Adding Value: Making the Strongest Case for Evaluation Chapter 31
Jeff Kichaven is an independent mediator in Los Angeles, an adjunct professor at Pepperdine University School of Law in Malibu, Calif., and a fellow of the International Academy of Mediators. He is a member of Alternatives’ editorial board.
“You know as well as we do that right, as the world goes, is only in question between equals in power, while the strong do what they can and the weak suffer what they must.”
– Athenian envoys in negotiations with Melos, as quoted in Thucydides, The Peloponnesian Wars.
The marketplace for mediation of litigated commercial disputes respects the reality of the quote above.
Gone is the utopian pablum once heard about balancing power between the sides. The marketplace wouldn’t stand for it. If a party feels that it has some power in the negotiation, why would it ever volunteer for a process designed to have that power taken away, or “balanced?”
As long as lawyers are duty-bound to provide clients with zealous advocacy within the bounds of law, we could never ethically submit a client to that kind of emasculation. As long as the legal community is the marketplace for mediation services, mediation will accommodate, not distort, the reality of the litigating parties’ true relationship.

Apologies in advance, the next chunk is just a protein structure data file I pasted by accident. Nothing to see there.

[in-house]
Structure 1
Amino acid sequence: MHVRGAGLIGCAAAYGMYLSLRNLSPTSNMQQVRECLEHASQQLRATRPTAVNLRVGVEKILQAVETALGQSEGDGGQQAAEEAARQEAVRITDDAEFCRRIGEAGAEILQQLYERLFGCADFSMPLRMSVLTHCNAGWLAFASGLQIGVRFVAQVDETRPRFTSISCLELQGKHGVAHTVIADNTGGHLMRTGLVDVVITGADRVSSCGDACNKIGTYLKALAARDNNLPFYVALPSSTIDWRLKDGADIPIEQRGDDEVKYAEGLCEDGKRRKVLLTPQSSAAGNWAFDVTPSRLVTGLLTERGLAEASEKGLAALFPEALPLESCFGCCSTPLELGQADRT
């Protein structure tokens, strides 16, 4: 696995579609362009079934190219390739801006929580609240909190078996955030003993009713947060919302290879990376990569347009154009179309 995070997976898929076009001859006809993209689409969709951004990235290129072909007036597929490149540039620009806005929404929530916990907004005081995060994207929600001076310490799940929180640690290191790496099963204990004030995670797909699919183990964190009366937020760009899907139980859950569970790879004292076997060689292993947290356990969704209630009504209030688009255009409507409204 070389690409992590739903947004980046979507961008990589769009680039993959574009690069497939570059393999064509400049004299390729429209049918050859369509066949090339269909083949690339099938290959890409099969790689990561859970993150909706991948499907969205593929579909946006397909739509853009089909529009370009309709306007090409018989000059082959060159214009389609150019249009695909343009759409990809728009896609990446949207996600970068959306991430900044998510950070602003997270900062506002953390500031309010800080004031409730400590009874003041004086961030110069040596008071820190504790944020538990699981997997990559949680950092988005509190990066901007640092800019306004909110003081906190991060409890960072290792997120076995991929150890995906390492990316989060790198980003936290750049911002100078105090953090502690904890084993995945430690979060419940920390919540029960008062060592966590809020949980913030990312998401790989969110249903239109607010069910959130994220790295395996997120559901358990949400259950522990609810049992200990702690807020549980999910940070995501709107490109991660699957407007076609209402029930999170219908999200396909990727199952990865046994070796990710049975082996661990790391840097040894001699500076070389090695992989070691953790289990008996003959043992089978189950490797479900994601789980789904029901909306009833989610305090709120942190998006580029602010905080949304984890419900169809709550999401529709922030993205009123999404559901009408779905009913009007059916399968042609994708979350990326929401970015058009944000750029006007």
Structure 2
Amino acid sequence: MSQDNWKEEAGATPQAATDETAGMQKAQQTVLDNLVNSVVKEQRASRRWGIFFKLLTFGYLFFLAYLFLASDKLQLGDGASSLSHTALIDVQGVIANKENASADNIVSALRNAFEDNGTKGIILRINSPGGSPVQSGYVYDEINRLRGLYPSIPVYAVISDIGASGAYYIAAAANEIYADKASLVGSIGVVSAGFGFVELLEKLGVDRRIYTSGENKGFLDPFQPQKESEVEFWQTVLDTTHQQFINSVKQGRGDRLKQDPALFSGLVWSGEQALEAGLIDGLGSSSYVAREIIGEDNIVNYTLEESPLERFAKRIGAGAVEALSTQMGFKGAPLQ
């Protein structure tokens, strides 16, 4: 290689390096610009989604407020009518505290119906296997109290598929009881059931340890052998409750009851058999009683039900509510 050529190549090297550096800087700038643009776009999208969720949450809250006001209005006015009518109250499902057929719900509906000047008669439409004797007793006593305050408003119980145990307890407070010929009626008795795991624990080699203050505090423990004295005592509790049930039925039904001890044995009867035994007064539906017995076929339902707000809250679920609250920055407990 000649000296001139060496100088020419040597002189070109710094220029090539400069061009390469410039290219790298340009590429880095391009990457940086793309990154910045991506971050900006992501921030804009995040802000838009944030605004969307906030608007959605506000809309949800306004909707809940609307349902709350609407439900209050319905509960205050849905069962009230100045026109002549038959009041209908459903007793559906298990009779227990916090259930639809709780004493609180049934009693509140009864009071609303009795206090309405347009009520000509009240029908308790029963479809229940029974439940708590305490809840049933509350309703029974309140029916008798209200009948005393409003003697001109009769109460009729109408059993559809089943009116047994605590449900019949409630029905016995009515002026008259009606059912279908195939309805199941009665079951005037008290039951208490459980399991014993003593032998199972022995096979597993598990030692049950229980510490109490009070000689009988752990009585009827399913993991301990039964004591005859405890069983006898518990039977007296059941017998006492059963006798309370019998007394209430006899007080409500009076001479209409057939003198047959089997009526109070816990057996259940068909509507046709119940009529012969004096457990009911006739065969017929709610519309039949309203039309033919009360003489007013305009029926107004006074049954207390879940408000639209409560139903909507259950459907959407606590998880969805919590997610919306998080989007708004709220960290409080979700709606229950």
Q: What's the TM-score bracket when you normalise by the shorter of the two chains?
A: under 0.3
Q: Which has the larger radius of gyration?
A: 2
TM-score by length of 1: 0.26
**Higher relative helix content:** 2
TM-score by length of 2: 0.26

And that’s why there must be an evaluative component to mediation. And it’s a good thing. Only the evaluative mediator provides the lawyer with the help that lawyers need to protect client relationships and provide clients with the best possible representation. It is only the evaluative mediator who prevents the strong from doing any more than they can, and the weak from suffering any more than they must.